Wireless Exchanges In An Area Code
How do I know if a number is a cellular phone or home phone number? This question is often asked of us. Assuming the phone number was not ported from another type of service (ie switching a landline phone number to a mobile phone number), you should be able to determine the type of service using what is called the exchange code. This is the second set of three digits in a ten digit US phone number (ie. (xxx) xxx-xxxx). The first set of three digits represents the area code, and the last four digits distinguish the user.
An entire phone number can be thought of as such:
(XXX) = Area code identifies the location.
XXX = Exchange code identifies the service provider and type of phone.
XXXX = User identifies who owns the phone number.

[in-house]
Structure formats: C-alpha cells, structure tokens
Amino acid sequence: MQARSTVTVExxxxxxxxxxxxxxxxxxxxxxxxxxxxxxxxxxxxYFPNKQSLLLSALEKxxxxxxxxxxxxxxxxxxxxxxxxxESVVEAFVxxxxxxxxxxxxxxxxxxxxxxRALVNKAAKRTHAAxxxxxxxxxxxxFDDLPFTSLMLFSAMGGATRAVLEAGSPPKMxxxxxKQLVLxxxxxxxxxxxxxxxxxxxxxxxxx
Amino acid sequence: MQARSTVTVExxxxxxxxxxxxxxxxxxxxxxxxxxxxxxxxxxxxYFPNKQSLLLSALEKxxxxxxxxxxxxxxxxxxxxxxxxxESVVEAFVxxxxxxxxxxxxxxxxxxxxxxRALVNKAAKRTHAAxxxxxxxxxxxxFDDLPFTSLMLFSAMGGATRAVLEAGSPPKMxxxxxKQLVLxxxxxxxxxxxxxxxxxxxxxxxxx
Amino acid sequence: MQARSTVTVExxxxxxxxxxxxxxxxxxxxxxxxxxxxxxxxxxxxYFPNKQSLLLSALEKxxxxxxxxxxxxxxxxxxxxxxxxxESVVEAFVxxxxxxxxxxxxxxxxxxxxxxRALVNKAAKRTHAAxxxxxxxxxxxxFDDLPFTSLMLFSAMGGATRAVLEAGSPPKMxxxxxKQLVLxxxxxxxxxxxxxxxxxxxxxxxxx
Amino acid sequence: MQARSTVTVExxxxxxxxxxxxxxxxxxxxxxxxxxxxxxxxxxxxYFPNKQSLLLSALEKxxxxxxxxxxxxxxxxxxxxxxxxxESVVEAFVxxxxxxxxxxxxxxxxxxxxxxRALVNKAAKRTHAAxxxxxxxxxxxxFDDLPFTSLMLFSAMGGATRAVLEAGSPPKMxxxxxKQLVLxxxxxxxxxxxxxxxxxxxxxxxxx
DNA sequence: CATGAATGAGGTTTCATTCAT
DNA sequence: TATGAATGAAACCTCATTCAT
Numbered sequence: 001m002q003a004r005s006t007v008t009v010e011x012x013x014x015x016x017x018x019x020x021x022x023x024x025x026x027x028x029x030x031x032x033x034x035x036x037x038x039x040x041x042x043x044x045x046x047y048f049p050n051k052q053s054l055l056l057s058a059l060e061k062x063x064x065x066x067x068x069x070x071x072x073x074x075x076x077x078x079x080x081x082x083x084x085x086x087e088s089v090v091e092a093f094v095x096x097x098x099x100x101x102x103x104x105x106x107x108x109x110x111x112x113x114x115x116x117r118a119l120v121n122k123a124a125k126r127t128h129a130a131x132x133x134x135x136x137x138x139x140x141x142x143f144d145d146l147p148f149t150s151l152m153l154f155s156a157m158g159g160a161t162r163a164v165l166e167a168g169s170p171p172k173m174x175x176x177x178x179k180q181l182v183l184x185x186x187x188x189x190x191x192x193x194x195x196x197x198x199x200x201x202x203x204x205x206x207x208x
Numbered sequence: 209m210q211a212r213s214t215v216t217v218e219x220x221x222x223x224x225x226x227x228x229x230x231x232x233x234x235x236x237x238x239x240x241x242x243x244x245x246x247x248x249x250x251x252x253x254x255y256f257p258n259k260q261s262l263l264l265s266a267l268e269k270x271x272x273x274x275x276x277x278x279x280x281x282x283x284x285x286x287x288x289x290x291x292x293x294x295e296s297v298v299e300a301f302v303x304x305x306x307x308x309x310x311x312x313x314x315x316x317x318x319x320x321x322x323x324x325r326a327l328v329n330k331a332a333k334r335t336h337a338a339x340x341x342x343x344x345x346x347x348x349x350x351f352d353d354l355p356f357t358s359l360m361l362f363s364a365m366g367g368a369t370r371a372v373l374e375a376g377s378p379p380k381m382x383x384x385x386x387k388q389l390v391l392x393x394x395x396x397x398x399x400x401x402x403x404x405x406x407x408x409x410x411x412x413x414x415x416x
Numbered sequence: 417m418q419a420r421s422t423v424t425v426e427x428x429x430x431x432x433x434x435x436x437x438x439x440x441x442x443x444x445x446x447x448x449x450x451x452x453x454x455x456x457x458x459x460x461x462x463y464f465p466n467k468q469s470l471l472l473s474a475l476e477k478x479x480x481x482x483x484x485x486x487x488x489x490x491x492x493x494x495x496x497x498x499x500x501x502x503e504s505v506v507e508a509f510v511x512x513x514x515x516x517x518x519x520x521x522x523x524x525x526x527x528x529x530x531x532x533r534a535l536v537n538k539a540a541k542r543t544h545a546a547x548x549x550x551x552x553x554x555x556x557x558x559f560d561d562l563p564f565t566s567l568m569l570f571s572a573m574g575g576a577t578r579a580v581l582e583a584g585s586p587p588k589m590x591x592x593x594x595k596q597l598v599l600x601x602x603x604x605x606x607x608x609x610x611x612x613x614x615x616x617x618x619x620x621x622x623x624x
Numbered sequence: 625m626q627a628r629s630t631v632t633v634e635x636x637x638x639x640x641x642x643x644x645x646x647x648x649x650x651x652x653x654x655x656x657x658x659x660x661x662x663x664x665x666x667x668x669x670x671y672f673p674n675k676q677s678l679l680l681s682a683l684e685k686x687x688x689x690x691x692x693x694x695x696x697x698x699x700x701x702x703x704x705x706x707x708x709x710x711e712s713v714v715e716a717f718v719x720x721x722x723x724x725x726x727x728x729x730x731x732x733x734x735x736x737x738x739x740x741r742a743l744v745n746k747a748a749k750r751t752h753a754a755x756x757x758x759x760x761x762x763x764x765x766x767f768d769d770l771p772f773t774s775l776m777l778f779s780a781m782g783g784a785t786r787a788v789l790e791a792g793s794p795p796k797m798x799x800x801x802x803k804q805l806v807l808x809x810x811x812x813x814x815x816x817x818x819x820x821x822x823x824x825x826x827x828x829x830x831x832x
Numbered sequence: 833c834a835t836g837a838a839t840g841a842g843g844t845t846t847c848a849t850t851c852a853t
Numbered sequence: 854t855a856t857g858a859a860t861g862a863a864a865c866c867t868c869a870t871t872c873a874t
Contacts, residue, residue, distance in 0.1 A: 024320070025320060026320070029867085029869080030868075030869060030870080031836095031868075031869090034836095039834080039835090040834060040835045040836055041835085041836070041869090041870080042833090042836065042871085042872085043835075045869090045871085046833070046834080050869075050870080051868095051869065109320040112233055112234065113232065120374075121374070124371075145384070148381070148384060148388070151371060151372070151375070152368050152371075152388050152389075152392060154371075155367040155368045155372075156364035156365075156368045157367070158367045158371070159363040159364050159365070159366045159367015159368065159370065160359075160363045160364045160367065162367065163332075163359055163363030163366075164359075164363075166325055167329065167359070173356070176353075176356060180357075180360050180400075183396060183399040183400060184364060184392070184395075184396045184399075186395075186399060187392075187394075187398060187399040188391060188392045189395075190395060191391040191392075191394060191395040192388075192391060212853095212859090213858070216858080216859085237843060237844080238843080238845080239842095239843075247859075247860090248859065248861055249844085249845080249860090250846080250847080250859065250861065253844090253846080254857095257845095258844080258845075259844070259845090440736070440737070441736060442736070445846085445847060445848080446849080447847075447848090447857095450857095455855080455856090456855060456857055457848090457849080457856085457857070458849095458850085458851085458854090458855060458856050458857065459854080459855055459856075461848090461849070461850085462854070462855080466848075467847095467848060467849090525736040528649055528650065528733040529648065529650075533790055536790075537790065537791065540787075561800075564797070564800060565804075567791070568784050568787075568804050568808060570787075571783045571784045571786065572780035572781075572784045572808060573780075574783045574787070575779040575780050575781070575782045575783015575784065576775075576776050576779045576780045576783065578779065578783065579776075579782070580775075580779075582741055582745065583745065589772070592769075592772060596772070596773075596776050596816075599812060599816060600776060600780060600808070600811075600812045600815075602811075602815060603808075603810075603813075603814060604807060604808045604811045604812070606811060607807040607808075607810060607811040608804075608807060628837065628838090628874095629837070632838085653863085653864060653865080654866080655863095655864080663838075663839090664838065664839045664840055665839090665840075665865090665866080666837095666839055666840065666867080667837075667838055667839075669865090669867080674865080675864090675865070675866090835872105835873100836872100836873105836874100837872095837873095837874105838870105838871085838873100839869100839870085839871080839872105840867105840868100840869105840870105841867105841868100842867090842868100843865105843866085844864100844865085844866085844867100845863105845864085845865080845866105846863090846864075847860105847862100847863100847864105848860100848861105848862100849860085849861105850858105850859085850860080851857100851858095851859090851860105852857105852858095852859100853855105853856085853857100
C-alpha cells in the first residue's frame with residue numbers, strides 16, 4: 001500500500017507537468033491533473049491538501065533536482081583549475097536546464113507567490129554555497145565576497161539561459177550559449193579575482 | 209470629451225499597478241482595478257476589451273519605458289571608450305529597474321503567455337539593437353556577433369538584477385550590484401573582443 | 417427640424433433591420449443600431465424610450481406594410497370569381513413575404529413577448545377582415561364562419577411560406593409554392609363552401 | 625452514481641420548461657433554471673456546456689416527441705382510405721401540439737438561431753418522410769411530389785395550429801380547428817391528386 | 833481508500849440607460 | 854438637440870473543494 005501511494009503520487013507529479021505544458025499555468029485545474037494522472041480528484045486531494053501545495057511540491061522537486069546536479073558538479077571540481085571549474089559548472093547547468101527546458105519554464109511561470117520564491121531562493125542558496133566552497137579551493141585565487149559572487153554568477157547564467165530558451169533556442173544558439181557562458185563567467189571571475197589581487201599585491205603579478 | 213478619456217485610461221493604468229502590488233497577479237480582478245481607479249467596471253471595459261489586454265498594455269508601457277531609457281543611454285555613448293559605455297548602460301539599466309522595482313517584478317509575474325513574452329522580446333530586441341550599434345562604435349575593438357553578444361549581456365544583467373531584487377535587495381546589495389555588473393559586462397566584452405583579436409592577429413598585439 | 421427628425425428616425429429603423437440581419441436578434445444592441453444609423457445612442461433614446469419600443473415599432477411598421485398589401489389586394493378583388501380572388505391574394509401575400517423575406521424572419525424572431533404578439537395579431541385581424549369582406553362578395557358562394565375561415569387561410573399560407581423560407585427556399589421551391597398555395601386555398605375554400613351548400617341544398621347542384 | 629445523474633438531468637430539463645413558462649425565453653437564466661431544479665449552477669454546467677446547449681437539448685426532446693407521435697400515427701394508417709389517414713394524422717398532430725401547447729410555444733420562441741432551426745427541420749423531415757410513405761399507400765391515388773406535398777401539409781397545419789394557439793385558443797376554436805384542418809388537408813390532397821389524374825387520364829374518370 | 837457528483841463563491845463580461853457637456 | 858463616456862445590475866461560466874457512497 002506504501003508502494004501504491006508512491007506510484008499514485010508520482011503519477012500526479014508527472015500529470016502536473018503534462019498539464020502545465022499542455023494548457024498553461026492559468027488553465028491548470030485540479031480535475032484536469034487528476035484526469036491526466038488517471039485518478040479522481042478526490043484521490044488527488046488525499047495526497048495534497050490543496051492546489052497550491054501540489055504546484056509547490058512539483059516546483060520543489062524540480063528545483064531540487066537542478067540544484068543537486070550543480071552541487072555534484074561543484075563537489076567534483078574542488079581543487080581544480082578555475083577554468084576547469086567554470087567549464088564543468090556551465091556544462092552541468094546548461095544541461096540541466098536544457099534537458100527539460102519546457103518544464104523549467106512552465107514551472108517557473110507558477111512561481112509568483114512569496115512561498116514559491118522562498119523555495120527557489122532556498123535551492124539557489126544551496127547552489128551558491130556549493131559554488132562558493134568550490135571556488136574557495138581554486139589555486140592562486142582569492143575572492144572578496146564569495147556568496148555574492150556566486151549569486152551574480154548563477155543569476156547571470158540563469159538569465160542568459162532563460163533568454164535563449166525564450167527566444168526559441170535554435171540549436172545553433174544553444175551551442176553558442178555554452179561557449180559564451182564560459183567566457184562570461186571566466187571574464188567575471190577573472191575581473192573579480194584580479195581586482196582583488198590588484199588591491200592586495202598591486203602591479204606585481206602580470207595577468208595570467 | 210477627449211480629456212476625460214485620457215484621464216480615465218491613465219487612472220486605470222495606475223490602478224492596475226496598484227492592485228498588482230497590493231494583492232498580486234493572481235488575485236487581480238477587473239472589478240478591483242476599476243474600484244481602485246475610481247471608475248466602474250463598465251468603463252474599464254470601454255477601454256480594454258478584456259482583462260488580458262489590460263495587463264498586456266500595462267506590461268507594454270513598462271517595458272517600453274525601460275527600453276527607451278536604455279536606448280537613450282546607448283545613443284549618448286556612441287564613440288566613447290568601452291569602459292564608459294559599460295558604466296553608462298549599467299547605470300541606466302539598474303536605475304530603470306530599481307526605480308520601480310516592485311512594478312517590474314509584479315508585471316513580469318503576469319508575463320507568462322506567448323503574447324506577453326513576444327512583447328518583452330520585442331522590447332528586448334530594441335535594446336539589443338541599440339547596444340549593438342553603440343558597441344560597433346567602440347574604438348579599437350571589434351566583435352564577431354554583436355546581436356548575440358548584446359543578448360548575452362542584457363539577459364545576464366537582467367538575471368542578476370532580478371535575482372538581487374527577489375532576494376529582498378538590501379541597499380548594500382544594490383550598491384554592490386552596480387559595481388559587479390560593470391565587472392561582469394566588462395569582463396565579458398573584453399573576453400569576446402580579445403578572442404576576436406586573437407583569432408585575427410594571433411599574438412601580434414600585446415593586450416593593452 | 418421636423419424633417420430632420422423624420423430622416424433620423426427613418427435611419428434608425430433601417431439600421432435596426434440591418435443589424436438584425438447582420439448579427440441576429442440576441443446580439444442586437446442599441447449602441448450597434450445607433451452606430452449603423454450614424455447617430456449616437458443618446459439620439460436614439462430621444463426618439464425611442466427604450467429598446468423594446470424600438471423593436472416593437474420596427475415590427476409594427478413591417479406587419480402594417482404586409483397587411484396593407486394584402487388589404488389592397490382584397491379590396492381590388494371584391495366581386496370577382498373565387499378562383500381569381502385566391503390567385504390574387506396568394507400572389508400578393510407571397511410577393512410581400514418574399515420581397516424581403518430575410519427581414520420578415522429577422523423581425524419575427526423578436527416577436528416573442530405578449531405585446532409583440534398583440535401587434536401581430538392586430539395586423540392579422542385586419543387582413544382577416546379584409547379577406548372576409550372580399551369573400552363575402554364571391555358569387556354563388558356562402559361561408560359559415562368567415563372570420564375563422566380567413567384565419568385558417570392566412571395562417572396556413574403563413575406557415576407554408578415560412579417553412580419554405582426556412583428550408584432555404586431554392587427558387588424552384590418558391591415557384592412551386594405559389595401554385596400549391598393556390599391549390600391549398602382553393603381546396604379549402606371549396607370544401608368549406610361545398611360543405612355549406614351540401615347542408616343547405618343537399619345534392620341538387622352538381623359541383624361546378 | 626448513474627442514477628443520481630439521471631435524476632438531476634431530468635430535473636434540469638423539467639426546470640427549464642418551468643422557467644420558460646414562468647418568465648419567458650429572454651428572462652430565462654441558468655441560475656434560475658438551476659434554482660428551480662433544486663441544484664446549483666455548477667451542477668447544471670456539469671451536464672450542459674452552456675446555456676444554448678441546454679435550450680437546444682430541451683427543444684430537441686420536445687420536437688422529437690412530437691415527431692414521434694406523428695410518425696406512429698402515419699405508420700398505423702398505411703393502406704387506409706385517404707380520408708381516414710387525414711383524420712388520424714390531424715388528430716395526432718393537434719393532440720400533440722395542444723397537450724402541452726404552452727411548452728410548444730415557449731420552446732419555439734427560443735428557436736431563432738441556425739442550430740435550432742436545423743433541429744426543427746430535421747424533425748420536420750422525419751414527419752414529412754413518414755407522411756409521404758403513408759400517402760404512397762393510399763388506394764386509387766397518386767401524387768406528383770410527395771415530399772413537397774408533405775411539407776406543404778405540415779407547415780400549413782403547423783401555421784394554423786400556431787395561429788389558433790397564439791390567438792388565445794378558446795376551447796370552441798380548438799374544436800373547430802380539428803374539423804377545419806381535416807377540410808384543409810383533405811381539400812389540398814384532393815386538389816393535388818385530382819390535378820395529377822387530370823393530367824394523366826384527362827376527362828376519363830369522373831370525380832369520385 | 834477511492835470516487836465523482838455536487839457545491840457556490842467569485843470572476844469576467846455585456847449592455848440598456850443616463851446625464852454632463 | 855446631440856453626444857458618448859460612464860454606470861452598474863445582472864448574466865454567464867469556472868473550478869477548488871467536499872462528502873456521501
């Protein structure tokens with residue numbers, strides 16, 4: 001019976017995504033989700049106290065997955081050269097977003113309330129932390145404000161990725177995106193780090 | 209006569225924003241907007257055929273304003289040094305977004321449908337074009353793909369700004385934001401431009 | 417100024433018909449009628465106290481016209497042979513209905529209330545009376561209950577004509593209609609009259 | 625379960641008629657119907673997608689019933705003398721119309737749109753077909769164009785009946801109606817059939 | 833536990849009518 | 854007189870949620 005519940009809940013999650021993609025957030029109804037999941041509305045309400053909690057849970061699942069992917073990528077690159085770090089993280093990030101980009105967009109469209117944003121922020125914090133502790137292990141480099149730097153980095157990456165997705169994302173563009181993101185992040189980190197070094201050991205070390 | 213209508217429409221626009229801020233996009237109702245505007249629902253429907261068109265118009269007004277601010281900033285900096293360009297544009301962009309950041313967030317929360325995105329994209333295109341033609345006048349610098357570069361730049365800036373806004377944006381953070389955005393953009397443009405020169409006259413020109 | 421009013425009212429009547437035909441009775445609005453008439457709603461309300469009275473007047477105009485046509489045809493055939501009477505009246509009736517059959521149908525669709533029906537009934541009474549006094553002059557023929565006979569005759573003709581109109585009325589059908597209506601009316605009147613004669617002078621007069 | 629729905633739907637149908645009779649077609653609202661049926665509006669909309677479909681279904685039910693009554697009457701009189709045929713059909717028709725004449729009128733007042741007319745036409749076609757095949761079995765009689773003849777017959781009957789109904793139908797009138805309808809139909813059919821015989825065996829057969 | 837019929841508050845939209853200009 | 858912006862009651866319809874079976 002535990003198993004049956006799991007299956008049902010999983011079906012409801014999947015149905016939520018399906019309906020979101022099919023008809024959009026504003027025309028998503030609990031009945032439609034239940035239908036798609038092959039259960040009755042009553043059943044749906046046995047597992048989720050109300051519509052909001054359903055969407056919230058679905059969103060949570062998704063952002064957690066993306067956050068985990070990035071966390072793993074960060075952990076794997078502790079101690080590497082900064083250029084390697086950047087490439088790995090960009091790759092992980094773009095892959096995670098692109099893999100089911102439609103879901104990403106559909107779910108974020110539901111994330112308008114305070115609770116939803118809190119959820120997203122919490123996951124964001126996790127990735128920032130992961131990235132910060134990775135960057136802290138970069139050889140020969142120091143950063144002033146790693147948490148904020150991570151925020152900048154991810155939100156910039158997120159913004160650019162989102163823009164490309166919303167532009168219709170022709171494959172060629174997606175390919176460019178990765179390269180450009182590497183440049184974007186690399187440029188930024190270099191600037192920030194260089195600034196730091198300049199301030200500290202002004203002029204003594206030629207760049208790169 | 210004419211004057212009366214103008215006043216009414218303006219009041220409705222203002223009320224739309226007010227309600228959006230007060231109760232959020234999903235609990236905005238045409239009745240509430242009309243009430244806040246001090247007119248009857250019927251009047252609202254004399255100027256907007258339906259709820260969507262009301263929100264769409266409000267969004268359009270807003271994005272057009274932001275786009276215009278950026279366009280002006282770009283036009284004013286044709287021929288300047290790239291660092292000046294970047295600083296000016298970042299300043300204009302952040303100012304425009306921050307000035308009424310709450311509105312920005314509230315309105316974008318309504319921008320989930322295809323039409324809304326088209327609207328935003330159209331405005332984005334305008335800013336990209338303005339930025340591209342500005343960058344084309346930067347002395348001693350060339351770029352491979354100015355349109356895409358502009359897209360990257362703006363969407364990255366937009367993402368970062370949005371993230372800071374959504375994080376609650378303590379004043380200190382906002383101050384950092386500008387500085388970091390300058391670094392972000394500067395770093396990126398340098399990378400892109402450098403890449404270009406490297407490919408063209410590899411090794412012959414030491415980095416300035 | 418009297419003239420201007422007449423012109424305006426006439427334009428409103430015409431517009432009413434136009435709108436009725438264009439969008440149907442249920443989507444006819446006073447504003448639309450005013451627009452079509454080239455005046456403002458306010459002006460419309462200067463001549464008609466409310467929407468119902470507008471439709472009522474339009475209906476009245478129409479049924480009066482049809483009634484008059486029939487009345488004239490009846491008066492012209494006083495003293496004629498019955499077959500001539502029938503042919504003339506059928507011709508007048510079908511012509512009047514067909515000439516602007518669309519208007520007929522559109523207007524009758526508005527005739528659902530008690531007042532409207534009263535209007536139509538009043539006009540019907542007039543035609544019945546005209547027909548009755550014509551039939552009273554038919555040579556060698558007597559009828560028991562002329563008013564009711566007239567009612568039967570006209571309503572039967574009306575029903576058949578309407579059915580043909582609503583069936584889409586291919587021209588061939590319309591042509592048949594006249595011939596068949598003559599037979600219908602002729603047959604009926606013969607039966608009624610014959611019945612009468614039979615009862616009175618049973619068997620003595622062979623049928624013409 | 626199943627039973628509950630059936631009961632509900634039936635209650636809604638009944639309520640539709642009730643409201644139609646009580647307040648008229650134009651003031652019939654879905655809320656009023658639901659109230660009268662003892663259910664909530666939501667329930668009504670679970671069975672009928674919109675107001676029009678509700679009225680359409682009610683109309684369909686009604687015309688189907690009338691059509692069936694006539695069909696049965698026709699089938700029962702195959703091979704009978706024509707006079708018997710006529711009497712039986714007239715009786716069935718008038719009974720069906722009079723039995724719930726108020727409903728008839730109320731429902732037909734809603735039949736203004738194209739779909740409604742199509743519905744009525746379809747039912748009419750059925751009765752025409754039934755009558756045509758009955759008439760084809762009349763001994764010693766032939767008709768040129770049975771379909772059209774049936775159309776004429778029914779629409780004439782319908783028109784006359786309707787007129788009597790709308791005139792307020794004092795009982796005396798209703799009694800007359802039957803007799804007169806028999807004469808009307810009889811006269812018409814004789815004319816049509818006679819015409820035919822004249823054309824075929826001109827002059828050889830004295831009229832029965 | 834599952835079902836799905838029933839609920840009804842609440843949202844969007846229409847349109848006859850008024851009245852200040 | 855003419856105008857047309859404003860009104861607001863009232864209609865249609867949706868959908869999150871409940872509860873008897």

This categorization system is also known as the North American Numbering Plan (NANP) and if you visit the NANP administrations website you can find out more. Now, it is important to point out that with wireless number portability, these identifiers may not always be 100% accurate. In fact, it is likely that in the future these phone codes may not help much at all. For now, this will help identify many numbers as either landline or cell phone.
Now, since all of this can sometimes be a bit daunting we thought we would also try to provide a tool (or tools) that may also help. Below you will find an area code search box which you can use to find the wireless exchanges which exist in that particular area code. Depending upon the size of the area code this list can be pretty long, so if you would rather search using the area code and exchange we suggest using our other new tool, here.
Enter the area code and hit search to see a list exchanges in that area.
** Note we will display just the exchange code (this is the middle three numbers ie. xxx-xxx-xxxx). Also, this information does occasionally change and can become out of date due to number portability and other factors.